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Claas Hendriksz Gietermaker
't Vergulde licht der zee-vaard, ofte konst der stuurlieden.
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Gietermaker, who was the VOC's most influential trainer and examiner of new pilots for the VOC. Gietermaker's guide is prominent in all books and articles about VOC navigation.
His VOC pilot guide was first issued in 1660, the expanded version here is from 1757, by Johannes van Keulen II.
The title page has a portrait of the author, flanked by two goddesses with countless navigation instruments. At the bottom is a room where a navigation class is given.
The second part of the book has elaborate and detailed tables for sinus, tangents, secant and logarithmic tables to greatly facilitate accurate calculations and avoid errors in doing so. That title page is decorated with a naval battle.
Fun fact for Australia: the very last page of the book gives the table to calculate the tides for 0 - 12 degrees southern latitude (further south was not considered of bother, 12 degrees south is approximately present day Darwin).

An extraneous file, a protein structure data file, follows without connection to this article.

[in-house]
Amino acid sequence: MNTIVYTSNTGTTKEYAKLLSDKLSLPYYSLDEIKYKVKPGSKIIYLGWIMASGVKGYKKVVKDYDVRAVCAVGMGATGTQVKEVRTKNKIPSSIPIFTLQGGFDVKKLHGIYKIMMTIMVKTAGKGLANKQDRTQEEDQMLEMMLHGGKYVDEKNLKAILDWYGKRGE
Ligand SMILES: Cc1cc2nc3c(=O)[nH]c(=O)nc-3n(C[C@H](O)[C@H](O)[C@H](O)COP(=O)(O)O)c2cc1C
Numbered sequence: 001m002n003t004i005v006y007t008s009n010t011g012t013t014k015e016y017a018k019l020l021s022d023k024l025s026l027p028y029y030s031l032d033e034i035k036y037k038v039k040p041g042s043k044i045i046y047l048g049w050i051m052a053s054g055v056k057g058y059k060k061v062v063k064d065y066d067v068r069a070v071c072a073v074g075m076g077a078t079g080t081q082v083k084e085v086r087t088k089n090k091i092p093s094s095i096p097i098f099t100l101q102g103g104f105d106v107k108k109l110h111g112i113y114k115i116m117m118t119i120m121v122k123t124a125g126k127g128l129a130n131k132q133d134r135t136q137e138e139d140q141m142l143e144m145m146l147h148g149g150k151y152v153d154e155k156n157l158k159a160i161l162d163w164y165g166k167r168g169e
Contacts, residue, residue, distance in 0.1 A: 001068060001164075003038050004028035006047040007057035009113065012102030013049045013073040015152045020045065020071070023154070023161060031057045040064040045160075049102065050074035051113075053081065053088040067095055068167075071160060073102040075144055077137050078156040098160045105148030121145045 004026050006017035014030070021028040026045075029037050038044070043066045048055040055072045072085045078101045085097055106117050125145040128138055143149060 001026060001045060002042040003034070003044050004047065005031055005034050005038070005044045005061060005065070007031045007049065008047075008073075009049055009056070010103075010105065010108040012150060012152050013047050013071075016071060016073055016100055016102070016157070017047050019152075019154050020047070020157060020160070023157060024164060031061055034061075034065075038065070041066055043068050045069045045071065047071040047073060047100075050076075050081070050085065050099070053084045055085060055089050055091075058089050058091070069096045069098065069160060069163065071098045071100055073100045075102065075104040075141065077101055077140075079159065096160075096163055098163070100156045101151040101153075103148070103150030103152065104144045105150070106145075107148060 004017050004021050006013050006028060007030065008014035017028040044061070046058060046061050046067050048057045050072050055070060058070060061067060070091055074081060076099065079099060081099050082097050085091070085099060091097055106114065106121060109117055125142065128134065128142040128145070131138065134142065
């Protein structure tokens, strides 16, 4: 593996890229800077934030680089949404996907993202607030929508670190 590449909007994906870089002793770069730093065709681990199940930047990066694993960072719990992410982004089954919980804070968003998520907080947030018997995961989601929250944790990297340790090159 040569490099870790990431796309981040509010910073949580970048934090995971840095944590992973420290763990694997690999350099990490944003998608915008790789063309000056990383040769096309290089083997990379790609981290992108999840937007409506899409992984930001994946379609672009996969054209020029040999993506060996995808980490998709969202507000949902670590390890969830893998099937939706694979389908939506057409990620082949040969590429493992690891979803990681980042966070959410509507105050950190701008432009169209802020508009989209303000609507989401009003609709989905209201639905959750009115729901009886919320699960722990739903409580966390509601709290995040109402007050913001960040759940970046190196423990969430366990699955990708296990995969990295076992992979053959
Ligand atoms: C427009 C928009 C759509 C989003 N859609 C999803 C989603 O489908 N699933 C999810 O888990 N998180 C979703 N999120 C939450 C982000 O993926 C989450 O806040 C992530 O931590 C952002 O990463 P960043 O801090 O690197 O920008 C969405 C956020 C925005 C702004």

Complete, which is unusual because most pilot guides were used at sea and are worn out. It has the original contemporary calf binding of 1757, even the ties to close the book are still intact. The volvelles are fully intact and in working order, and the folding plate with table for the sun's declination for every day of the year on the northern and southern hemisphere is complete and in good condition.
Traces of use for training pilots and has stamps of ownership and of decommission by the former Navigation School of Rostock, Hanseatic city in Germany. Very authentic look and feel.
The titles are somewhat weak imprints as often, this book was a workhorse for training and use on board of VOC ships, not a fancy book for armchair travelers.
Overall in excellent condition.
The Sailing School
Gietermaker noticeably changed nautical pedagogy by introducing model exams in his pilot guide, in the form of including endless examples of dialogues and practice questions, consisting of questions and answers between a captain and a navigator. Gietermaker effectively codified the format of the written examination for the ensuing century. In 1675 the VOC adopted a striking rule that not only navigators pass the exam, but so must its captains.
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